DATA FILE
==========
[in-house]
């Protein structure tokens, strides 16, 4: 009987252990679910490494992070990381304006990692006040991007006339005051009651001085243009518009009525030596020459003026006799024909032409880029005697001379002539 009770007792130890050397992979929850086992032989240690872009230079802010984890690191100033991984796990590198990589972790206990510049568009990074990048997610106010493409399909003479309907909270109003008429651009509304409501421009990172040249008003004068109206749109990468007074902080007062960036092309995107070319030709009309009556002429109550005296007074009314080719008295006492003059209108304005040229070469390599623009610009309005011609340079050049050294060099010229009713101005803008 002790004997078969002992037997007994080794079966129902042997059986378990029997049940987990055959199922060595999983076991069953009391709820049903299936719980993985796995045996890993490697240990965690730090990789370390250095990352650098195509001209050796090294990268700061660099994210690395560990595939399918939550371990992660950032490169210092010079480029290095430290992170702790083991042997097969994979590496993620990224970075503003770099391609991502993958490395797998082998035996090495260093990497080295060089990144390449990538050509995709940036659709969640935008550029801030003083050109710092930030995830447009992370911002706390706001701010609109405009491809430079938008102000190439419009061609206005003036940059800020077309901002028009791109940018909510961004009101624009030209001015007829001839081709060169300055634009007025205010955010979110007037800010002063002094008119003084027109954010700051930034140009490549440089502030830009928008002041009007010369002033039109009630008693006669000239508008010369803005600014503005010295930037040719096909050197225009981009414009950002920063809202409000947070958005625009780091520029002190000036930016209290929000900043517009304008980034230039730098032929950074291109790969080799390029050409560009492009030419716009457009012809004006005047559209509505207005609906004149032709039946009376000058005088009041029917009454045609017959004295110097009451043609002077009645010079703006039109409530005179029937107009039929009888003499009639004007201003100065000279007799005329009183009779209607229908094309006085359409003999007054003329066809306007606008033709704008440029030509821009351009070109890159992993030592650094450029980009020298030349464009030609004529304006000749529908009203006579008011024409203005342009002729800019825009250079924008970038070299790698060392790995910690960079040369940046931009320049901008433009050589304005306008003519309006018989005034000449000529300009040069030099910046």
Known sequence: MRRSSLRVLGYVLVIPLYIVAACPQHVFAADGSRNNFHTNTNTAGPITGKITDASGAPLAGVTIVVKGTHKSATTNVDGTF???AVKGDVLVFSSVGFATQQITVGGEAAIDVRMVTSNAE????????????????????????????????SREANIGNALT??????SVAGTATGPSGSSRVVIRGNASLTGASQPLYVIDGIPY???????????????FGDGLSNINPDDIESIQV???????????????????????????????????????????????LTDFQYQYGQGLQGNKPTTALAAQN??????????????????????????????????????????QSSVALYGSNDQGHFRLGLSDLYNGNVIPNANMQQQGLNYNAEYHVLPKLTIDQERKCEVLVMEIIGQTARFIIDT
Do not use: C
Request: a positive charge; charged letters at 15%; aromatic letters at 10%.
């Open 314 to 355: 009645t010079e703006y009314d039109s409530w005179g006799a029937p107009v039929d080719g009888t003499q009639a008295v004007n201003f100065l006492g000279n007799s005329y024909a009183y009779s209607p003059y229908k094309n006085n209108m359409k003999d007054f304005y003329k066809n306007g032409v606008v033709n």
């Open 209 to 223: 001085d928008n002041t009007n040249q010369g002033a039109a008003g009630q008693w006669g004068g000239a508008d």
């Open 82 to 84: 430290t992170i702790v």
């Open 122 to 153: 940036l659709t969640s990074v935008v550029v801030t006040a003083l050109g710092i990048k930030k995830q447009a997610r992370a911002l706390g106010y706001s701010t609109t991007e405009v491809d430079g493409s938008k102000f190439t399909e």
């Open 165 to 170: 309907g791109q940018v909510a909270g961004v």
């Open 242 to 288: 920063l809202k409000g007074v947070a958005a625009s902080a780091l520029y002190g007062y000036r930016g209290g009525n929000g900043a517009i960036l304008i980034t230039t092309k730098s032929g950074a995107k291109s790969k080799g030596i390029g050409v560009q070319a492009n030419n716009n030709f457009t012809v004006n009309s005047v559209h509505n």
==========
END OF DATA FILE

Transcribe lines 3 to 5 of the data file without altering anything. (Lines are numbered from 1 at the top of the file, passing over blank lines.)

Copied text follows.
Known sequence: MRRSSLRVLGYVLVIPLYIVAACPQHVFAADGSRNNFHTNTNTAGPITGKITDASGAPLAGVTIVVKGTHKSATTNVDGTF???AVKGDVLVFSSVGFATQQITVGGEAAIDVRMVTSNAE????????????????????????????????SREANIGNALT??????SVAGTATGPSGSSRVVIRGNASLTGASQPLYVIDGIPY???????????????FGDGLSNINPDDIESIQV???????????????????????????????????????????????LTDFQYQYGQGLQGNKPTTALAAQN??????????????????????????????????????????QSSVALYGSNDQGHFRLGLSDLYNGNVIPNANMQQQGLNYNAEYHVLPKLTIDQERKCEVLVMEIIGQTARFIIDT
Do not use: C
Request: a positive charge; charged letters at 15%; aromatic letters at 10%.